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Reprinted from Energy User News
Reprinted from Energy User News
Vol 22 No 11 • Nov 1997
Worker Feedback Creates Layout
that Uses 3,000 Fewer Ballasts

By KESSEL L. NELSON
      FOUNTAIN INN, S.C.

— In February, Delta Woodside Industries completed a lighting retrofit of its Beattie Textile Plant here that is expected to reduce the facility's overall energy consumption by 62 percent, saving the industrial end user over 4 million kilowatt hours per year.
      Funded by Delta Woodside's construction budget coffers, the retrofit cost approximately $331,000. The more efficient lighting system was designed and installed by local lighting contractor Mor-Lite Inc. According to project data released to EUN, the retrofit is expected to lower electric demand from 686 kilowatts (kw) to about 224 kw, a total reduction of 462 kw. The plant operates 24 hours per day, seven days a week. Based on a continuous operating schedule, Delta Woodside officials anticipate annual energy savings of 4,051,325 kwh — a cost savings of approximately $162,000 per year. The simple payback for this project is just over two years.
      More than 4,400 Slimline and high output industrial fluorescent fixtures were eliminated during the retrofit. Technicians installed 2,665 new eight-foot, single-lamp industrial fixtures from H.E. Williams, Carthage, MO, throughout the plant. Each fixture was fitted with a 95-watt, high output fluorescent tube from Philips Lighting Co., Somerset, NJ. The fixtures were fitted with custom-made specular silver reflectors of various

Beattie Textile Plant reduced its lighting load from 686 kW to 224 kW. Operating cost went from $240,493 to $78,441.

manufacturers, including 3M, Minneapolis; Metalloxyd Inc., Atlanta; Alanod Aluminum, Ennepetal, Germany; and Alcoa Brite Products, Norcross, GA. In a few cases, the placement of the textile equipment hindered fixture installation. In those instances the installers adjusted the reflectors in the fixtures to direct light onto critical areas along the production line. Technicians also installed about 1,400 high output electronic ballasts from MagneTek Lighting Products Group, Nashville, that are tandem-wired to the new fixtures.
      The Beattie Plant's new lighting arrangement uses 1,735 fewer lamps than the preretrofit design, a reduction of 40 percent. There are also 3,000 fewer ballasts in operation, a 70 percent reduction. Eldeco, a local electric contractor, managed the removal and recycling of the old lamps and PCB-laden ballasts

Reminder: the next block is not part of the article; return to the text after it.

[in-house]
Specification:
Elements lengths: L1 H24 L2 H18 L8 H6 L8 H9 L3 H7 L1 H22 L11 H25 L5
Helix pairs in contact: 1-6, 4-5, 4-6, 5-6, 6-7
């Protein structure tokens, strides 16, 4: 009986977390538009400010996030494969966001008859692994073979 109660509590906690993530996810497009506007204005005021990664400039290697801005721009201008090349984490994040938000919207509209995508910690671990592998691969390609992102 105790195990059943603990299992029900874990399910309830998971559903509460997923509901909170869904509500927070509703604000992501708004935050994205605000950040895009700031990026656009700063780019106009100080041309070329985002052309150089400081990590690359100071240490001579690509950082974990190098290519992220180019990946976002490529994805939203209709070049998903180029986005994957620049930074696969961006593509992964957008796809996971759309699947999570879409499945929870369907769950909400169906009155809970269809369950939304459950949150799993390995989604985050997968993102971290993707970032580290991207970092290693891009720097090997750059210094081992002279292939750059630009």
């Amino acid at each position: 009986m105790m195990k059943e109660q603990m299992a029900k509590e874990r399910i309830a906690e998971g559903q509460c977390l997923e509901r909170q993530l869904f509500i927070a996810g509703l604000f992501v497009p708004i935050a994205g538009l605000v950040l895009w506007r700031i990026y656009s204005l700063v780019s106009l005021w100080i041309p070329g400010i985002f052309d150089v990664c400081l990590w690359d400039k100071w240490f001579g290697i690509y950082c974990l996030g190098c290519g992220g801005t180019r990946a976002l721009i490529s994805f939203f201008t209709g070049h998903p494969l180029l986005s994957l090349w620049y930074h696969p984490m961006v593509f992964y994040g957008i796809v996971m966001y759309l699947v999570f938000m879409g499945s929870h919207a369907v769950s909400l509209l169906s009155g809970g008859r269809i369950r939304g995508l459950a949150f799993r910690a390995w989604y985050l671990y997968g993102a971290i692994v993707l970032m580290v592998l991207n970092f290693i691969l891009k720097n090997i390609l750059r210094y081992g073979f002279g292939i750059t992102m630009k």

Textile Plant's Lighting Job to Save 4 MMkwh

      Huebner told EUN that the new lighting layout was developed with input from plant personnel and equipment manufacturers. Using equipment placement and employee suggestions as a guide, Huebner developed a fixture layout designed to provide maximum illumination, visual comfort, and safety. “In terms of lighting, the people who operate these machines know what they need,” Huebner said.
“These machines are very large; they're bolted to the floor so their placement is fixed. Most textile plants are designed with the same layout, so this lighting arrangement can be used in any number of facilities.”

“We built a wall down the length of the plant and installed the necessary power lines so that one side could maintain production while the other side was shut down and retrofitted.”

      “This was a massive undertaking. The Beattie Plant is a 400,000 square-foot facility,” explained John Hall, director of corporate engineering, Delta Woodside Industries. The plant's operating schedule presented a problem for the installers; plant production could not be stopped, so some unusual measures were taken. “Since we couldn't shut down the plant, we divided it in half. We built a wall down the length of the plant and installed the necessary power lines so that one side could maintain production while the other side was shut down and retrofitted.”
      Increased worker efficiency and productivity were among the non-energy-related byproducts created by the upgrades. “The new lighting system has not only helped reduce our operating costs, but improved the quality of our production. We always use premium equipment whenever possible,” Hall concluded.

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